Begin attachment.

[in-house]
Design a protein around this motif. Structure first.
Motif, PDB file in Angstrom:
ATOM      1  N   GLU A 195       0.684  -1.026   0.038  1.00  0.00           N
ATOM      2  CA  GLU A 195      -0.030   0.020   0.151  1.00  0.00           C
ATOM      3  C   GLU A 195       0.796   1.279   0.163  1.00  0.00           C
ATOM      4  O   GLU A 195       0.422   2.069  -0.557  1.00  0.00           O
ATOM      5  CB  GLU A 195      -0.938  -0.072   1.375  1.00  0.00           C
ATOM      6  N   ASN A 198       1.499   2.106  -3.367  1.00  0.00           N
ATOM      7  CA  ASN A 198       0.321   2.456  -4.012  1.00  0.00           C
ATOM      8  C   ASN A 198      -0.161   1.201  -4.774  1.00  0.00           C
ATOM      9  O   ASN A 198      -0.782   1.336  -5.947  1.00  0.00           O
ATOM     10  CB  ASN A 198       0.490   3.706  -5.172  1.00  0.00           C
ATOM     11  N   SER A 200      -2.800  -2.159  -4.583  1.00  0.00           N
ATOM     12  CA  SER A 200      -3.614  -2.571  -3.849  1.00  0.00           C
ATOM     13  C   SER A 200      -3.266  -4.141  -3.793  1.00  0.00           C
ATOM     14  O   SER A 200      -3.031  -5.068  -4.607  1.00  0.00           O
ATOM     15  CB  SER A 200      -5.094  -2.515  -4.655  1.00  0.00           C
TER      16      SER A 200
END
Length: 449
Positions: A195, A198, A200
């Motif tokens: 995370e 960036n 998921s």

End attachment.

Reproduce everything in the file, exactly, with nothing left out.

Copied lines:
[in-house]
Design a protein around this motif. Structure first.
Motif, PDB file in Angstrom:
ATOM      1  N   GLU A 195       0.684  -1.026   0.038  1.00  0.00           N
ATOM      2  CA  GLU A 195      -0.030   0.020   0.151  1.00  0.00           C
ATOM      3  C   GLU A 195       0.796   1.279   0.163  1.00  0.00           C
ATOM      4  O   GLU A 195       0.422   2.069  -0.557  1.00  0.00           O
ATOM      5  CB  GLU A 195      -0.938  -0.072   1.375  1.00  0.00           C
ATOM      6  N   ASN A 198       1.499   2.106  -3.367  1.00  0.00           N
ATOM      7  CA  ASN A 198       0.321   2.456  -4.012  1.00  0.00           C
ATOM      8  C   ASN A 198      -0.161   1.201  -4.774  1.00  0.00           C
ATOM      9  O   ASN A 198      -0.782   1.336  -5.947  1.00  0.00           O
ATOM     10  CB  ASN A 198       0.490   3.706  -5.172  1.00  0.00           C
ATOM     11  N   SER A 200      -2.800  -2.159  -4.583  1.00  0.00           N
ATOM     12  CA  SER A 200      -3.614  -2.571  -3.849  1.00  0.00           C
ATOM     13  C   SER A 200      -3.266  -4.141  -3.793  1.00  0.00           C
ATOM     14  O   SER A 200      -3.031  -5.068  -4.607  1.00  0.00           O
ATOM     15  CB  SER A 200      -5.094  -2.515  -4.655  1.00  0.00           C
TER      16      SER A 200
END
Length: 449
Positions: A195, A198, A200
């Motif tokens: 995370e 960036n 998921s």